Name: Samuel Brooks
First Date: 1792; Last Date: 1820
Function: Engraver, Publisher
PrecisPublisher of the weekly Impartial Observer (1806-07) in Richmond; also long-time engraver and jeweler there.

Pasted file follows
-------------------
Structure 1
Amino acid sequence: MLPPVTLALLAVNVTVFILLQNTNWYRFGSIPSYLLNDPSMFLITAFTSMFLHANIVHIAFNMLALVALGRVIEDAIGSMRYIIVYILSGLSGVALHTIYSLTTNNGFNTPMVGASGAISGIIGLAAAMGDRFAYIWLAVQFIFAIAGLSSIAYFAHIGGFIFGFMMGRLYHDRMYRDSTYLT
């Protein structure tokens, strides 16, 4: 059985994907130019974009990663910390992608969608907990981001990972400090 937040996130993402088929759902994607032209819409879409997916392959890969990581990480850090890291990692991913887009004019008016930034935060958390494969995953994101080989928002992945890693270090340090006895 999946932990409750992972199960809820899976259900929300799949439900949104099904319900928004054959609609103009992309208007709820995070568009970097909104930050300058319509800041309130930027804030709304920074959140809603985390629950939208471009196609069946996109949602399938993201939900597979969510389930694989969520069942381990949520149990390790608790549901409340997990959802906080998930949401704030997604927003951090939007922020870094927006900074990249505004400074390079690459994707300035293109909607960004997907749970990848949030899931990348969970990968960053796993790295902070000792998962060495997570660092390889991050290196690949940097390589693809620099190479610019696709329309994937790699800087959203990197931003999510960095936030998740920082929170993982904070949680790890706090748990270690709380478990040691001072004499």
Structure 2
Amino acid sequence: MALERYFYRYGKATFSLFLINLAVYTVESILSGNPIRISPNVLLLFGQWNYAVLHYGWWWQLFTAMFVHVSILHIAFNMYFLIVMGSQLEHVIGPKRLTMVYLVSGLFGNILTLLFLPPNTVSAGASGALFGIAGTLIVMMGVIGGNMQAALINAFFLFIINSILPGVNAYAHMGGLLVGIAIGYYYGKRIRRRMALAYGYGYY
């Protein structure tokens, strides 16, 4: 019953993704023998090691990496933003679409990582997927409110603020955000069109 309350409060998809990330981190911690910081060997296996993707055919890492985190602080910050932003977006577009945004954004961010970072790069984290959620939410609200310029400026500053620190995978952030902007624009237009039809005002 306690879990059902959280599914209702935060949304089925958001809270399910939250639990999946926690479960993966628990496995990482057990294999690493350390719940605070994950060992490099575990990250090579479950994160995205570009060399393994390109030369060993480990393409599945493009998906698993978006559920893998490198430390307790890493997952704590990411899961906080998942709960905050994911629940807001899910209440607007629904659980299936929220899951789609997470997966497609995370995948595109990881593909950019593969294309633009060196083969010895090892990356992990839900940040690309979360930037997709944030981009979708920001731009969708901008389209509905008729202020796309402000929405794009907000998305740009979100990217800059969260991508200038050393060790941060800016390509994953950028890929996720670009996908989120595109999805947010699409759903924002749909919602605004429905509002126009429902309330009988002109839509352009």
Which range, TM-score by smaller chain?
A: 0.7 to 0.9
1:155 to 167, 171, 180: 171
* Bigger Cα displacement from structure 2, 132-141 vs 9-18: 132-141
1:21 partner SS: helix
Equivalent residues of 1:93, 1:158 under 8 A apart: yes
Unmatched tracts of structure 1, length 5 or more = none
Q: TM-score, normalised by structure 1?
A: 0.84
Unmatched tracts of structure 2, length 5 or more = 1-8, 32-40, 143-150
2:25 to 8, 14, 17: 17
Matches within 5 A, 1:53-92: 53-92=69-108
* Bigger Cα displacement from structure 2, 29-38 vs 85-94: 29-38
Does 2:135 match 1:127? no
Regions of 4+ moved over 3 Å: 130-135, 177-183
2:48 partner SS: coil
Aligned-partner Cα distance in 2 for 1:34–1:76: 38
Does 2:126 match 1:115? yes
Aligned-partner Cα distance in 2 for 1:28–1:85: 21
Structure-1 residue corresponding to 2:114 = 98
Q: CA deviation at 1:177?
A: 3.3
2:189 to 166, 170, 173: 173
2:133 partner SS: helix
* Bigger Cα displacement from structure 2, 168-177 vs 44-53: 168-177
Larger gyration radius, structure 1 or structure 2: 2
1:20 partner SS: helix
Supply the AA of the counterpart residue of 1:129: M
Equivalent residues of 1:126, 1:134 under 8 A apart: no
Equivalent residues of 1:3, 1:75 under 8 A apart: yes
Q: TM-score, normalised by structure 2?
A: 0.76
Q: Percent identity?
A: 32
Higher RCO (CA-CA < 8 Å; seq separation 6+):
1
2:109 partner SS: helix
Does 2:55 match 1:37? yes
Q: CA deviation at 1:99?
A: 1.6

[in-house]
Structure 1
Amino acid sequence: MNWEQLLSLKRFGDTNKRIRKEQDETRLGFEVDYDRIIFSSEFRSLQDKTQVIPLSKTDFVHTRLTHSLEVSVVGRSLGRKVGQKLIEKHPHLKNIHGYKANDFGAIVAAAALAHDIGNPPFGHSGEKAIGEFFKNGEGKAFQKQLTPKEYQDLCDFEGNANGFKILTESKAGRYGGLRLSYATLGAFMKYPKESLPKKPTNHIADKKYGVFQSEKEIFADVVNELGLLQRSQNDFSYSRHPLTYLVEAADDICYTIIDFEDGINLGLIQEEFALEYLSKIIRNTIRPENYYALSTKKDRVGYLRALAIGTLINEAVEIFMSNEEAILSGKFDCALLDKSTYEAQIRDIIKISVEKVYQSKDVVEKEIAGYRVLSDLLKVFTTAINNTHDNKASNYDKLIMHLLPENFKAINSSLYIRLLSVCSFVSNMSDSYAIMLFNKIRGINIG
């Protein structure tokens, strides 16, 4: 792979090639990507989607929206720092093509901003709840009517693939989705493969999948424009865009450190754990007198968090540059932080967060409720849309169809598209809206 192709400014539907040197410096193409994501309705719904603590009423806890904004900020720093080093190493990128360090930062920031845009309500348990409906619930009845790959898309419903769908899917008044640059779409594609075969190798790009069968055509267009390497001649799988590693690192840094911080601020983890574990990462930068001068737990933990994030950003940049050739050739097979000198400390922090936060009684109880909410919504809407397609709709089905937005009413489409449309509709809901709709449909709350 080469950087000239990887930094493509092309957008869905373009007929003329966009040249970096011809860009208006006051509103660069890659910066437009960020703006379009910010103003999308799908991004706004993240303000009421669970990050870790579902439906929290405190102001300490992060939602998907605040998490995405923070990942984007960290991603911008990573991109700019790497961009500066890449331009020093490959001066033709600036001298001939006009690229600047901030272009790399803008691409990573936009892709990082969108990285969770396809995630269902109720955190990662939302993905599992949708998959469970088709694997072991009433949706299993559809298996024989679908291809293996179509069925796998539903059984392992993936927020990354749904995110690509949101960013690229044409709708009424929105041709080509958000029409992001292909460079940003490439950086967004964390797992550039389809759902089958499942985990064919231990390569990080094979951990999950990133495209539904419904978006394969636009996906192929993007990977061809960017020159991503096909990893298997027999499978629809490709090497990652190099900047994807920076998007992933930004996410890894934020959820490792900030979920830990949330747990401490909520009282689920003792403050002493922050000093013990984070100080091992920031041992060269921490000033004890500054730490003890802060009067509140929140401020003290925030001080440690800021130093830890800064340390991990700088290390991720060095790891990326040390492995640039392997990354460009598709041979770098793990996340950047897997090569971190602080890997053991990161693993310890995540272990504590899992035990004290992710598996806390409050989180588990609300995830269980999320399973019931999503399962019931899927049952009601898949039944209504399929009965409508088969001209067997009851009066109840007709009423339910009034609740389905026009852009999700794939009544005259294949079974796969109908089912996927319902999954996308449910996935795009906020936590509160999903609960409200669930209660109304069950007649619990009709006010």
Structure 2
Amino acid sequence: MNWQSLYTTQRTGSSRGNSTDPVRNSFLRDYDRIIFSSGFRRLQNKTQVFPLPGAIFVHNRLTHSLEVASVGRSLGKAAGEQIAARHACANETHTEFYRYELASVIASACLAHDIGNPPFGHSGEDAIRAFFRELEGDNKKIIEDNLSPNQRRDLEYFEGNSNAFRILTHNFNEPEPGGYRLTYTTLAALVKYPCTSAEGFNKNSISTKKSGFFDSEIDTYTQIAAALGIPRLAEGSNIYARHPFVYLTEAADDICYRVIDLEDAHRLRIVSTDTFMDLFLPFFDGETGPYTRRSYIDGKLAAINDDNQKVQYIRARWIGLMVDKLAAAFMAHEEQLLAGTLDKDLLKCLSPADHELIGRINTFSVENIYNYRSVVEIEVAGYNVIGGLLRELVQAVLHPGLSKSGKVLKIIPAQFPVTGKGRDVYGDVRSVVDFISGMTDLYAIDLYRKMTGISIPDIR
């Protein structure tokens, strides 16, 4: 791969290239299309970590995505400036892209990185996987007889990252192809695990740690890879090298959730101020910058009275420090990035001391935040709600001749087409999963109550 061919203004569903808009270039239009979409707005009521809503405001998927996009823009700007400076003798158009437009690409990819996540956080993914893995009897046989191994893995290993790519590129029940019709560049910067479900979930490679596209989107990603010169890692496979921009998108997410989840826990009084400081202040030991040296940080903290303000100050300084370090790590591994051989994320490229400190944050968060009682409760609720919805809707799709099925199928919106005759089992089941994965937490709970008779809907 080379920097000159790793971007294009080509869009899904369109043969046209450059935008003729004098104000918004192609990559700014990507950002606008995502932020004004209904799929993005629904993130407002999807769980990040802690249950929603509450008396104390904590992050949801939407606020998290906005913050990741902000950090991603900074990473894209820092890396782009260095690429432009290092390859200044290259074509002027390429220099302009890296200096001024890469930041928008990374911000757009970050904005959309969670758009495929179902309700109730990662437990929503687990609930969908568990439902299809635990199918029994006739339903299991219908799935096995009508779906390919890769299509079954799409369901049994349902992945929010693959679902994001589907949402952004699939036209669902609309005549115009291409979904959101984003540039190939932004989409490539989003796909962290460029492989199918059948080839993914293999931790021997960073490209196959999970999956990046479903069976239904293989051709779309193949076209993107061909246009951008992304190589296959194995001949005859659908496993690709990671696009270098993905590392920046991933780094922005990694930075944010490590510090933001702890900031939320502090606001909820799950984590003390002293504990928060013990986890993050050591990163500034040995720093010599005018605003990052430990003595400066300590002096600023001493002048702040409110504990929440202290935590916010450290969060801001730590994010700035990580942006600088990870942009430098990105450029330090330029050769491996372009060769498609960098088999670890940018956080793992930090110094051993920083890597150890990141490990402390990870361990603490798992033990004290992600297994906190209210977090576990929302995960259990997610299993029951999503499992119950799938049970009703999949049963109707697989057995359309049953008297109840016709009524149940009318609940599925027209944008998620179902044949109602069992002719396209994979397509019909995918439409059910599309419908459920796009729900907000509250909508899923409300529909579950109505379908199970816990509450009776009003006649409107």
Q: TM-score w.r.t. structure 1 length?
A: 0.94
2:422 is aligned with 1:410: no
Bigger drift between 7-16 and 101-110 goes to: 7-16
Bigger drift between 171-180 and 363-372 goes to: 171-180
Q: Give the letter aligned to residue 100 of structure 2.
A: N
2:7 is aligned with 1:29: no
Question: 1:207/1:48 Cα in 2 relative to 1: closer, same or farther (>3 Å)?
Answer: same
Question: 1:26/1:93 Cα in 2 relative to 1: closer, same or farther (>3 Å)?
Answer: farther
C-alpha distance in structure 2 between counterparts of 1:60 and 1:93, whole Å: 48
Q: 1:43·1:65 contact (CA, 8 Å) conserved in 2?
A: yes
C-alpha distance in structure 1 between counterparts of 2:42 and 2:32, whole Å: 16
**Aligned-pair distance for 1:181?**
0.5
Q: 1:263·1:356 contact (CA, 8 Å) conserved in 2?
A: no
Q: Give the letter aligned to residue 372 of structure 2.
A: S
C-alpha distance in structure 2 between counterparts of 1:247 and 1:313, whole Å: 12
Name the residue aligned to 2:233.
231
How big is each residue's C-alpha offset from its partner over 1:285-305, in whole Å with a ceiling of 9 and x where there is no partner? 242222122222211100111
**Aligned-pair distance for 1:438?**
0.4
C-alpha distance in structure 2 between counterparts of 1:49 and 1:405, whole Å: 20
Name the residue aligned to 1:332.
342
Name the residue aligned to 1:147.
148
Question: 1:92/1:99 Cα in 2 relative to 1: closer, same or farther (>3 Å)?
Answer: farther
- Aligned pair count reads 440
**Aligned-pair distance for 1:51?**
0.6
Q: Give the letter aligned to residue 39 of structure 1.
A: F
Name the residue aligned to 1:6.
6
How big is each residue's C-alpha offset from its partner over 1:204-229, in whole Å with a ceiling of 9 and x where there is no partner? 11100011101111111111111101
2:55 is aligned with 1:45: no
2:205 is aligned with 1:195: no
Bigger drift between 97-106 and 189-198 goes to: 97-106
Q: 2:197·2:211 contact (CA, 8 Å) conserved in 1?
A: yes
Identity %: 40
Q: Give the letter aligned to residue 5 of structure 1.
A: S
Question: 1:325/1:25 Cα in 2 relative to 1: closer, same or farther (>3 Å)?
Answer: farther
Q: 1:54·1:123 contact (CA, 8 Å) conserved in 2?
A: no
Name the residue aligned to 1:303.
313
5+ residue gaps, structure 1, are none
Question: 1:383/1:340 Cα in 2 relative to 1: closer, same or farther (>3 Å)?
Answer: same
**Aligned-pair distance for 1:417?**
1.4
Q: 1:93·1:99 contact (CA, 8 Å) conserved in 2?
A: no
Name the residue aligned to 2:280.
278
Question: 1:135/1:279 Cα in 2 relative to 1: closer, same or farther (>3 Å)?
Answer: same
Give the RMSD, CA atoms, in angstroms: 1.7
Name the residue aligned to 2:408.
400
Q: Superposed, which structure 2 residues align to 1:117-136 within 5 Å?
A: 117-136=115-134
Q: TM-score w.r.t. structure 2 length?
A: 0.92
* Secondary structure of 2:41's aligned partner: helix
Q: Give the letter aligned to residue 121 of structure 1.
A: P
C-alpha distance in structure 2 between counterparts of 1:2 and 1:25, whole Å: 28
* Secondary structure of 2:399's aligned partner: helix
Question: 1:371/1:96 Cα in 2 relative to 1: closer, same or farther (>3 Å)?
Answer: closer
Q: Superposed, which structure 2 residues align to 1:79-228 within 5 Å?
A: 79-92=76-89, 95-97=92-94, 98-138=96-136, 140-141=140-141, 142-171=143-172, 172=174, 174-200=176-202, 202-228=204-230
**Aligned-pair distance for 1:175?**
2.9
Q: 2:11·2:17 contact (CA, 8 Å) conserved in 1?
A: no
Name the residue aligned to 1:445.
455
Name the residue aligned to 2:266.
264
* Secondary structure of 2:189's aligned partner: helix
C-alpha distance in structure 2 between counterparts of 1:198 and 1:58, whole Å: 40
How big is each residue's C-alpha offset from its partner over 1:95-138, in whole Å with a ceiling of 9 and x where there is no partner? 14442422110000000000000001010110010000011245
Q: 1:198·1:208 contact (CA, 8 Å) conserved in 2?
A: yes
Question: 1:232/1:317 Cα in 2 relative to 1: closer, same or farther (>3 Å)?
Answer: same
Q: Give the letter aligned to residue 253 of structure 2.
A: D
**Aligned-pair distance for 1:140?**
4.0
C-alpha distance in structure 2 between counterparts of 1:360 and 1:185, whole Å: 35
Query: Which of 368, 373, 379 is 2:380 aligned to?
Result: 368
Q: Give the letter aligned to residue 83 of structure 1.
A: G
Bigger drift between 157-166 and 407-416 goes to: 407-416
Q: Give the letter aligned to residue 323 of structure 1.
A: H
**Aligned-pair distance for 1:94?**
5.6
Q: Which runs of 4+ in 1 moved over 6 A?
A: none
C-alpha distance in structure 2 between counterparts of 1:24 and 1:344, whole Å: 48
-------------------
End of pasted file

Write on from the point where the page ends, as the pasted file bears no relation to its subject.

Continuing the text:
Engraver & Publisher Norfolk, Richmond Publisher of the weekly Impartial Observer (1806-07) in Richmond; also long-time engraver and jeweler there. Brooks is described, at different times, as a jeweler, goldsmith, silversmith, seal cutter, and engraver. He evidently gained his training as metalworker in Philadelphia about the time of the end of the Revolutionary War, so it is likely that he was from that area as well. Though Brooks first appears as an independent craftsman in 1792, he was working there well before that; he would later write of consulting with Benjamin Franklin in carving a medal die in 1789. By 1794, though, he had removed his business to Norfolk, where he advertised his services through 1802. Shortly thereafter, he relocated to Richmond to conduct a profitable business there as "jeweller, engraver, & fancy worker" for the next two decades. His first public notoriety came in 1804 with the arrest of Thomas Longwood of Buckingham County, who was circulating counterfeit bank notes. Longwood had approached Brooks in October 1803 to produce the plates he needed to mimic notes from the first Bank of the United States; the engraver played along with the counterfeiter while notifying authorities of the scheme. When Longwood was arrested in April 1804, he was found with not just a copperplate press, but a coin press as well, and the counterfeit products each produced. The Virginia Argus, the official Gazette of the state government, published a long account of the affair, complete with a testimonial from the governor, John Page, commending Brooks for his willingness to risk his reputation – he apparently did provide plates at the state's request – in an effort to protect the legitimacy of the country's currency. In the weeks immediately after the arrest, Brooks engaged in a long-distance, print-based debate with Jacob Perkins of Boston, on the printing methods that could best be employed to prevent such illegality in the future. This civic engagement unmistakably motivated Brooks to publish a new weekly newspaper in Richmond that could offer such politically-neutral and socially-necessary debates without becoming involved in the ongoing partisan newspaper war of that day. On May 1, 1806, the Impartial Observer made its first appearance. Brooks edited the journal, while having it printed by one of Richmond's job-printing offices. The first press openly identified with this venture was that of Thomas Pescud Manson (278), who printed the Observer from June 1806 until January 1807. But once Manson withdrew from the project, Brooks found that continuing the paper was ever more difficult. He suspended publication for ten weeks in early 1807 before making a final three-month-long attempt at sustainability. Evidently his partner in that effort was John Courtney Jr. (109) but the result was still unsatisfactory, as he closed the Observer in mid-July. Brooks continued his original tradecraft in Richmond through at least 1820, when he disappears from the public record. The census that year shows him supporting a household with three children under ten, as well as his wife and three teenagers, whose names are still unknown. Likewise, the date and circumstances of his death remain undiscovered. No specific Personal Data yet discovered. Sources: Imprints; MEDSA Index; Brigham; city directories in Philadelphia (1793) and Richmond (1819); advertisements in Philadelphia (1792-1800) and Richmond (1804-11) newspapers; counterfeiting story in Virginia Argus, May to June 1804.